Friday, September 23, 2005

Weasel-Words Rip My Flesh! - Spotting a bogus trend story on Page One of today's New York Times. By Jack Shafer

New York Times.
By Jack Shafer
Posted Tuesday, Sept. 20, 2005, at 3:38 PM PT

How many "many's" are too many for one news story?

Like its fellow weasel-words—some, few, often, seems, likely, more—many serves writers who haven't found the data to support their argument. A light splash of weasel-words in a news story is acceptable if only because journalism is not an exact science and deadlines must be observed. But when a reporter pours a whole jug of weasel-words into a piece, as Louise Story does on Page One of today's (Sept. 20) New York Times in "Many Women at Elite Colleges Set Career Path to Motherhood," she needlessly exposes one of the trade's best-kept secrets for all to see. She deserves a week in the stockades. And her editor deserves a month.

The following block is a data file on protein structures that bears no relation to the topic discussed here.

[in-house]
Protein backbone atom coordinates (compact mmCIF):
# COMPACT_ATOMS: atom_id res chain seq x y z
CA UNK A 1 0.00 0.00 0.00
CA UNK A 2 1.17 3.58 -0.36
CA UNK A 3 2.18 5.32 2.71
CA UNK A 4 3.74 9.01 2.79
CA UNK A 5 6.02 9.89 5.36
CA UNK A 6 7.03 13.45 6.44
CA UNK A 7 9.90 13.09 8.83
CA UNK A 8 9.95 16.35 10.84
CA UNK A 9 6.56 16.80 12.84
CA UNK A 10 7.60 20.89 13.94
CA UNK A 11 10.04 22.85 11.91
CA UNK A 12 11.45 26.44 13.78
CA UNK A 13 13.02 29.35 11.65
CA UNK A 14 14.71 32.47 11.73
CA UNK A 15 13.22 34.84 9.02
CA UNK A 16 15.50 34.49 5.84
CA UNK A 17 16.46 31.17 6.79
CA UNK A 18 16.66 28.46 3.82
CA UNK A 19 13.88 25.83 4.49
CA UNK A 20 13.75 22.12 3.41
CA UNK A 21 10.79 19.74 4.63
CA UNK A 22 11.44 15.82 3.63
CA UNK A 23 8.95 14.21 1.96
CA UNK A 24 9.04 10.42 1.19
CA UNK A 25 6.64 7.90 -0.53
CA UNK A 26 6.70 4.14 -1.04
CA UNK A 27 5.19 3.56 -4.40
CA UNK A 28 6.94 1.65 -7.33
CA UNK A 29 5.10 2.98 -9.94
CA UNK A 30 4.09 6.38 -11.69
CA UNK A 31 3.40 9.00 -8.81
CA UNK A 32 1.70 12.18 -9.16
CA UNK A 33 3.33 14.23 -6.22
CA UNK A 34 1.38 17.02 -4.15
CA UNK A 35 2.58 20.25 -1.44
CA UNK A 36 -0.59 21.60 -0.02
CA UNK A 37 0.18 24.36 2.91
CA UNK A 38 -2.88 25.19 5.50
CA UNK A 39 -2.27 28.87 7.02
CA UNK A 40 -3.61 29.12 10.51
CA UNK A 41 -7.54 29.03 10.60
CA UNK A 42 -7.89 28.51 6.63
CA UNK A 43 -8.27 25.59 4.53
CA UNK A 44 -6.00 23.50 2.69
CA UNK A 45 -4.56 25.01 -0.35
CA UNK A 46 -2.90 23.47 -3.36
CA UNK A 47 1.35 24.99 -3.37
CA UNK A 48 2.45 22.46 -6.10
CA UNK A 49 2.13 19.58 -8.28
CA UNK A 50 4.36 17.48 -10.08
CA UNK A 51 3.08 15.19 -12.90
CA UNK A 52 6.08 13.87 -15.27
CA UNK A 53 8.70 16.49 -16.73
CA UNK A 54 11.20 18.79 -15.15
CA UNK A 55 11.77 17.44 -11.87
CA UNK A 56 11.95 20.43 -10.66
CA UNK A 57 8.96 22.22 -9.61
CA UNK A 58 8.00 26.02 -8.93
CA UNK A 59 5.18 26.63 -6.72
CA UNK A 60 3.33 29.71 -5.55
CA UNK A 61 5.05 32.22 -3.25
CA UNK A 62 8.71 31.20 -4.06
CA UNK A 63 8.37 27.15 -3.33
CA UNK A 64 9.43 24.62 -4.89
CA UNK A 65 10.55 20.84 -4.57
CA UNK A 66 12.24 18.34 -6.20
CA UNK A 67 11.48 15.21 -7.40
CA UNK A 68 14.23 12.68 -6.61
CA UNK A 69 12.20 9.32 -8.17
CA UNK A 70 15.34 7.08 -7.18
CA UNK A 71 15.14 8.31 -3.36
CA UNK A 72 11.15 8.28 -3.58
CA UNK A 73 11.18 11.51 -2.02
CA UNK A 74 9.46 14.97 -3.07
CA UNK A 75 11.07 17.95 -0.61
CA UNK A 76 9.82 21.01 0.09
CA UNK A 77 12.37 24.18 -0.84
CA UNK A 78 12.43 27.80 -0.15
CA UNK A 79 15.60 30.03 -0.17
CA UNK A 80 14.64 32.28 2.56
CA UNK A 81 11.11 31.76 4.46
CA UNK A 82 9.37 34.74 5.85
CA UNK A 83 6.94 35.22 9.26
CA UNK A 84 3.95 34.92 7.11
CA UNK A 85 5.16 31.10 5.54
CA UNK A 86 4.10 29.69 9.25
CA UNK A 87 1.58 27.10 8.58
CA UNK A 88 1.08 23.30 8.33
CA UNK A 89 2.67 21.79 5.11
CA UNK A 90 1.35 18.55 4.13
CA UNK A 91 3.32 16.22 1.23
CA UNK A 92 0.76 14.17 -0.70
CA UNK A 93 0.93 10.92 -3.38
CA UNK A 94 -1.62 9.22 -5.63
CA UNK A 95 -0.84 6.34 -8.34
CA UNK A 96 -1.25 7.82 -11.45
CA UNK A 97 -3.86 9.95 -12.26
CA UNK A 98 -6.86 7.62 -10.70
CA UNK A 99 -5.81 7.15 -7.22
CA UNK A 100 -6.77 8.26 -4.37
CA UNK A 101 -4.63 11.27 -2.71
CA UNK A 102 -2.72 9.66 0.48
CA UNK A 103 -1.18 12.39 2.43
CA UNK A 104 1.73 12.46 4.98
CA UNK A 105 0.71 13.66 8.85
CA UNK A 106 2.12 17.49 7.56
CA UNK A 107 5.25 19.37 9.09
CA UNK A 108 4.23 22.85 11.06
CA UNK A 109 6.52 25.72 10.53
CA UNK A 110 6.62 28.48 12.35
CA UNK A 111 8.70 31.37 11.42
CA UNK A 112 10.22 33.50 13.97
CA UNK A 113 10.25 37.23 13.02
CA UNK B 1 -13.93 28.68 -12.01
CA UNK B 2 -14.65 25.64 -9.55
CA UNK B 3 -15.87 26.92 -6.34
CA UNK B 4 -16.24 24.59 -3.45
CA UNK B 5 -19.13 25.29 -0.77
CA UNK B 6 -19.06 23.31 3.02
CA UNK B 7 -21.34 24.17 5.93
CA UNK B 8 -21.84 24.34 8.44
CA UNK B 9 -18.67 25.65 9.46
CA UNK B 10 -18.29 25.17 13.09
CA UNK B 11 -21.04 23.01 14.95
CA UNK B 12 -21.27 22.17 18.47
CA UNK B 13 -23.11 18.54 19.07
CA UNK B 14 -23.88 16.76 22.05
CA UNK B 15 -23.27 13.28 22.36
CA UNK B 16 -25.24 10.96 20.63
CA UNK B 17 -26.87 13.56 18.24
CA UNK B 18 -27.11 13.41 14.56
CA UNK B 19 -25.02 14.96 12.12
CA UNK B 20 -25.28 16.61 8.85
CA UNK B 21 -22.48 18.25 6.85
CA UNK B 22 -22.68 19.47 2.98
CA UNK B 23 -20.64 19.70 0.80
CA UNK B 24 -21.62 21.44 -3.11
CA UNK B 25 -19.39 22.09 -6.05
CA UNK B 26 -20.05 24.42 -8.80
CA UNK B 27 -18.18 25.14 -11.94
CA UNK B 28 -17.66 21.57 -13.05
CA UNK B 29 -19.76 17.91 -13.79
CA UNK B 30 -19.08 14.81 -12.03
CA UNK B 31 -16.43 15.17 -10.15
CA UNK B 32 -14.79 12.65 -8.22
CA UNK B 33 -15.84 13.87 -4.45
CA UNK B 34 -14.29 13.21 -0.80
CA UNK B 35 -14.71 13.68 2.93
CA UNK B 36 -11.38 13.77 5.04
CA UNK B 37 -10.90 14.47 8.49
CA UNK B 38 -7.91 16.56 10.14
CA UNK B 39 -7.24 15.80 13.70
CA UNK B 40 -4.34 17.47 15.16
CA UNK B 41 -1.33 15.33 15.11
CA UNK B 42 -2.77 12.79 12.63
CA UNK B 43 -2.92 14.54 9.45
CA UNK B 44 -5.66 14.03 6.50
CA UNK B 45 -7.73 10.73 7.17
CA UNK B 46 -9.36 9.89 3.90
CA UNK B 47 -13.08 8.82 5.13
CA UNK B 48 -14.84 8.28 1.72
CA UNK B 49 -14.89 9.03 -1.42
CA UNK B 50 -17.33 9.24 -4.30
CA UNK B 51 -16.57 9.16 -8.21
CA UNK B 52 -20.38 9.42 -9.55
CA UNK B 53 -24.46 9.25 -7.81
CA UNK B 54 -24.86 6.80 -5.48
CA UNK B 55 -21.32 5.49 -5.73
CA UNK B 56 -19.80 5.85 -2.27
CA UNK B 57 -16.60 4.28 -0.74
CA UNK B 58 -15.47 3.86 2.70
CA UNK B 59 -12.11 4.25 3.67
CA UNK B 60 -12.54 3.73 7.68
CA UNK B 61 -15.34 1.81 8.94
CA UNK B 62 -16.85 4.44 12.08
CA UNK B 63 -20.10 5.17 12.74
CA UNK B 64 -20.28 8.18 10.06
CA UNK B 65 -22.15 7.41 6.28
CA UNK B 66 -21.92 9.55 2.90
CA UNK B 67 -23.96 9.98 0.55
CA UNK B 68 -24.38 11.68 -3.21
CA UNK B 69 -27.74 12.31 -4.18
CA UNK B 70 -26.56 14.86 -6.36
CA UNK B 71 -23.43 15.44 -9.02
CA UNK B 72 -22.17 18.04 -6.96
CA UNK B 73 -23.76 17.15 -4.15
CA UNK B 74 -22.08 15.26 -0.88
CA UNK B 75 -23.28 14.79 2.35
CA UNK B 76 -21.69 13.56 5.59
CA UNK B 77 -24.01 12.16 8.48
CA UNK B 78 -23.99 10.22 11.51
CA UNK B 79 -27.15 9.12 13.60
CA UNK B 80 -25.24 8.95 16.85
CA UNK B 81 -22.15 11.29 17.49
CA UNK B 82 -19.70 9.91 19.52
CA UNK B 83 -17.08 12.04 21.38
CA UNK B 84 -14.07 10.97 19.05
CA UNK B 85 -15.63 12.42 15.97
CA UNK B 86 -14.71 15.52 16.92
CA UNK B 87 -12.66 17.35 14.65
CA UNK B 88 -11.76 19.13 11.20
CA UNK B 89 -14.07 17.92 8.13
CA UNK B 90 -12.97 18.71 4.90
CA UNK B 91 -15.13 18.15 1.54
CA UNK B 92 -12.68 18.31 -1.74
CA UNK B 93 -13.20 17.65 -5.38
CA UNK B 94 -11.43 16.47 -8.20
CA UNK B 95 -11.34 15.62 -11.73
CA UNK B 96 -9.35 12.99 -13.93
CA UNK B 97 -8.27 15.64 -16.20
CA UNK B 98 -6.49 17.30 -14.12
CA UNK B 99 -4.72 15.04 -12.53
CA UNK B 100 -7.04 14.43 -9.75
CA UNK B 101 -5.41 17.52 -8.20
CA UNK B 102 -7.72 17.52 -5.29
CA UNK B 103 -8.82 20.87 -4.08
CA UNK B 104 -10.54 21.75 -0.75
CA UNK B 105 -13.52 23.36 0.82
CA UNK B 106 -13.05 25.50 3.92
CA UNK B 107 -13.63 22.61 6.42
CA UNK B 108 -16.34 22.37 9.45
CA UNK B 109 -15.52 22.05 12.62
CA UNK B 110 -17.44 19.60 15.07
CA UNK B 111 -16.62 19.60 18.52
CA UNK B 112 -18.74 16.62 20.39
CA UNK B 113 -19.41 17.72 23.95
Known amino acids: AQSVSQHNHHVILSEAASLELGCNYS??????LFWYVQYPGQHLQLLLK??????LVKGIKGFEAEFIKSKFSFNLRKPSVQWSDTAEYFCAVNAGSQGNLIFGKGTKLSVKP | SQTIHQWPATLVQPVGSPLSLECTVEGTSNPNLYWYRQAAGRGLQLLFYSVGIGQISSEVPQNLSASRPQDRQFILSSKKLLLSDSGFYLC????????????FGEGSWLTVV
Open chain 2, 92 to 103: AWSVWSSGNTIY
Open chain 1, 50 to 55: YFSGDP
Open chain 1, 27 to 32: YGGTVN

Story uses the particularly useful weasel-word "many" 12 times—including once in the headline—to illustrate the emerging trend of Ivy League-class women who attend top schools but have no intention of assuming the careers they prepared for.

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